Kicanas became bishop of the diocese last month after former Bishop Manuel D. Moreno took early retirement at age 72.

Moreno, who became bishop in 1982, cited health problems as the reason for his retirement, yet also acknowledged the past year had put a tremendous strain on him. Last year the diocese settled 11 lawsuits with 16 plaintiffs for an amount estimated by experts to be as high as $16 million. The plaintiffs alleged that four members of the local clergy abused them during the 1960s, '70s and '80s.

Moreno was one of at least six American Catholic bishops who have stepped down since last year, when the sexual abuse crisis in the U.S. Catholic Church was uncovered in Boston and led to revelations of abuse and cover-up in dioceses across the country.

To have 24 priests with credible accusations of sexual abuse against them in a diocese the size of Tucson is disturbing, said attorney Lynne M. Cadigan. She represented the 10 men in last year's settlement and has three more civil actions pending against the diocese.

The Catholic Diocese of Tucson includes 350,000 Catholics and has 83 active priests.

"I think it calls into question the celibacy issue," Cadigan said. "Anyone with any sort of sexual issues would have been attracted to the priesthood in the past. It was a safe haven for people with sexual problems. I think it's still going on, but not at the same rate as in the past."

Cadigan said she has spoken with one man who she believes was abused by Barmasse. But the man did not have repressed memory about the incident, so she was unable to file a lawsuit.

Under state law, only men who say they have repressed memory about the abuse are allowed to take legal action. The statute of limitations on civil cases prevents other men who say they were victimized in the past from filing suit.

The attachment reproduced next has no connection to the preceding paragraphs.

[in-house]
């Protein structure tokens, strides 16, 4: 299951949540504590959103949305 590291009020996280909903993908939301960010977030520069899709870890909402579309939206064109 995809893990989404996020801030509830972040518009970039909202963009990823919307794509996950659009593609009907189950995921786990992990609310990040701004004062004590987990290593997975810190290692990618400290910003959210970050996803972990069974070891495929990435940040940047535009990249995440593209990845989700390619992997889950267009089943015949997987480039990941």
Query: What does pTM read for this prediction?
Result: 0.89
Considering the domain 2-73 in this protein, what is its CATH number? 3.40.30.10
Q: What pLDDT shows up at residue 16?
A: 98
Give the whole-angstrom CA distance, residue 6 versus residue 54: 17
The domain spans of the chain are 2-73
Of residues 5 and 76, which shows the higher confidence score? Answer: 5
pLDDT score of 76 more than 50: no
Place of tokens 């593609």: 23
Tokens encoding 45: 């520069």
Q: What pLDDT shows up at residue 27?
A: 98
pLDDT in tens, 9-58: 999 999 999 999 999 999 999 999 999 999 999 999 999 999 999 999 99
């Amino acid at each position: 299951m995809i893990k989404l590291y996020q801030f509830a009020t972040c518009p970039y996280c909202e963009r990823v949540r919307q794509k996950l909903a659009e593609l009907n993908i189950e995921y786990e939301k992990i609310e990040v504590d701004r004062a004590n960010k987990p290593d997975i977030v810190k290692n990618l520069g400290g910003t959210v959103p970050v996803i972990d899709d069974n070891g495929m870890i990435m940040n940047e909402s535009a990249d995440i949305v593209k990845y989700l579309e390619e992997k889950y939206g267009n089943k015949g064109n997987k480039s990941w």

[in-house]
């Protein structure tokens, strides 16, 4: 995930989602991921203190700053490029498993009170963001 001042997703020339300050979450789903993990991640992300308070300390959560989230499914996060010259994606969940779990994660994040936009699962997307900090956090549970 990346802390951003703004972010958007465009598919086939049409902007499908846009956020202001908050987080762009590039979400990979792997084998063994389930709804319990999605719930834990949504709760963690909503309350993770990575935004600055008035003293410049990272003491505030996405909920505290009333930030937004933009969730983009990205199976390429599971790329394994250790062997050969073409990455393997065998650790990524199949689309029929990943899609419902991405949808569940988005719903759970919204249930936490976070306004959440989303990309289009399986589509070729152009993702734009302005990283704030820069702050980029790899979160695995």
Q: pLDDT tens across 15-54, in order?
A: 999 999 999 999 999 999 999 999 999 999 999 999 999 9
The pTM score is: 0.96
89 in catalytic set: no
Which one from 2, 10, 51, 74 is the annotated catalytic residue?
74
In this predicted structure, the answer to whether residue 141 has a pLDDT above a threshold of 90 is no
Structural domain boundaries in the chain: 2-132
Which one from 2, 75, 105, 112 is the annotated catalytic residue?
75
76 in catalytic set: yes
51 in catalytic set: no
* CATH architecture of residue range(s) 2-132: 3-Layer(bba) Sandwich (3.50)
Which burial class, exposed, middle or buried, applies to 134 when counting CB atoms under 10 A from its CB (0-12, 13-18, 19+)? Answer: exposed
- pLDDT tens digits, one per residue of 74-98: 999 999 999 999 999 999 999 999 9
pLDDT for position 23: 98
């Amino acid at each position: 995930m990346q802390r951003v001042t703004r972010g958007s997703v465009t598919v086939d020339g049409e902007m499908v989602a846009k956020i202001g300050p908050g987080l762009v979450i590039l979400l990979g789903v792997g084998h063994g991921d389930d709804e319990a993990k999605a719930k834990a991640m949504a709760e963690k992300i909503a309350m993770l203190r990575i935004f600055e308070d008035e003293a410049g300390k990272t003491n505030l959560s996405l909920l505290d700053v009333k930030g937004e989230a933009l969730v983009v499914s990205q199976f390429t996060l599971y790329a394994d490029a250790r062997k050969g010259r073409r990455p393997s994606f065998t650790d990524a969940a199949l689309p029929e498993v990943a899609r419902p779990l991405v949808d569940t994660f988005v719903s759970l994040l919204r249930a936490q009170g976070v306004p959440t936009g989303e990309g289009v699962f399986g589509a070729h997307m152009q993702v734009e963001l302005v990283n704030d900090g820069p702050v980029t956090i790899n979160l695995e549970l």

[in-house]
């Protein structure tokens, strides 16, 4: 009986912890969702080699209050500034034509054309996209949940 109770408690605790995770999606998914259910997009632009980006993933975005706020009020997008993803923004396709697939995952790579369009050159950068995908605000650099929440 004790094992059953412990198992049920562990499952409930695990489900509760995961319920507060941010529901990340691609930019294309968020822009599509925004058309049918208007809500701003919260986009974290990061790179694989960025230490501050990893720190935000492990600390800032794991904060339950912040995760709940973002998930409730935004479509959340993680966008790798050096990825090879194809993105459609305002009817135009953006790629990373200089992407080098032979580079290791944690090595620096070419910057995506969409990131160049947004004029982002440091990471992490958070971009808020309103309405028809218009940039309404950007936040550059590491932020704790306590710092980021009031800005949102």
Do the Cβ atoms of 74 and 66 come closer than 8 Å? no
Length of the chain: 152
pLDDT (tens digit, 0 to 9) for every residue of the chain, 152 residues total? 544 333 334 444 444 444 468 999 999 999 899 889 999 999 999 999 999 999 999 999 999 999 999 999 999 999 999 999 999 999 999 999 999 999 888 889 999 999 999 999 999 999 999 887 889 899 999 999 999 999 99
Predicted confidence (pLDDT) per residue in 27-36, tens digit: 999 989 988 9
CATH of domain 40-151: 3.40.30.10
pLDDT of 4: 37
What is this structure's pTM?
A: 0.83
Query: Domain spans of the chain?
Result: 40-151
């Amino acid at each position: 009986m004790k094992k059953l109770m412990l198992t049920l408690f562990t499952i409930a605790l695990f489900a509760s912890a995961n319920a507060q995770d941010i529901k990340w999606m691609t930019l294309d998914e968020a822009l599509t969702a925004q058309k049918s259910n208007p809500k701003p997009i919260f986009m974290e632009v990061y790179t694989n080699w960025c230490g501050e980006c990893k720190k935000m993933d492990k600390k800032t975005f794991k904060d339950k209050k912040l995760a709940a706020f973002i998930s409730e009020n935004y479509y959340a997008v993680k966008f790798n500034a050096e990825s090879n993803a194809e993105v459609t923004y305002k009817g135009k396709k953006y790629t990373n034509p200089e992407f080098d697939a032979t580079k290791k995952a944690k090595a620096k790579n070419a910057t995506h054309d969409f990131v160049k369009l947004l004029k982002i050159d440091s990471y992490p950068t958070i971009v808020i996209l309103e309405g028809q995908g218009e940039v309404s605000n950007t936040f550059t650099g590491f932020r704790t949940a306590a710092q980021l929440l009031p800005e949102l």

Who they are

The five priests and one deacon whose names were released by the local diocese Saturday are:

The Rev. Kevin Barmasse

Barmasse was ordained a priest for the Archdiocese of Los Angeles in 1982. He remained a priest of that archdiocese during the time of his assignments in the Diocese of Tucson. He left the diocese in 1991.

Barmasse's assignments were at St. Andrew the Apostle Parish in Sierra Vista from 1983 to 1986, at St. Elizabeth Ann Seton Parish in Tucson between 1986 and 1988 and at Blessed Sacrament Parish in Mammoth between 1988 and 1991.

The Rev. Richard Butler

Butler was a priest with the religious order of Dominicans who died in 1988. He worked at the St. Thomas More Catholic Newman Center at the University of Arizona between 1968 and 1974.

The Rev. George Dyke

Dyke was a diocesan priest who was ordained in 1946 and died in 1971. His request to be laicized or defrocked - a process that means removal from the priesthood - was granted by the Vatican in 1968.

Dyke worked at Immaculate Conception Parish in Douglas between 1946 and 1949, at Salpointe Catholic High School in Tucson between 1951 and 1953, at St. Cyril of Alexandria Parish, 4725 E. Pima St., between 1951 and 1953, at Sacred Heart Parish in Clifton between 1953 and 1961 and at St. Andrew the Apostle Parish in Sierra Vista between 1961 and 1965.

The Rev. Richard Judd

Judd was ordained a priest for the Servants of the Holy Paraclete in 1964 and died in 1988.

Diocese of Tucson officials did not have much information on Judd's history in the diocese except that he apparently lived in Tucson during the 1970s and had an employment relationship with Salpointe Catholic High School. Diocese officials said he also provided some priestly ministry.

The Rev. Francis Miller

Miller was ordained a priest for the Order of Discalced Carmelites in 1949, left the diocese in 1963 and now lives in a retirement facility owned by the Discalced Carmelites. He worked at St. Margaret Mary Parish in Tucson between 1955 and 1963.

Deacon Ray Miranda

Miranda was ordained to the permanent diaconate in 1982 for service to St. Andrew the Apostle Parish in Sierra Vista. Miranda was suspended from all ministry in 1983 and has not been allowed to function as a deacon since then. He served as a deacon at St. Andrew the Apostle Parish from 1982 until his suspension.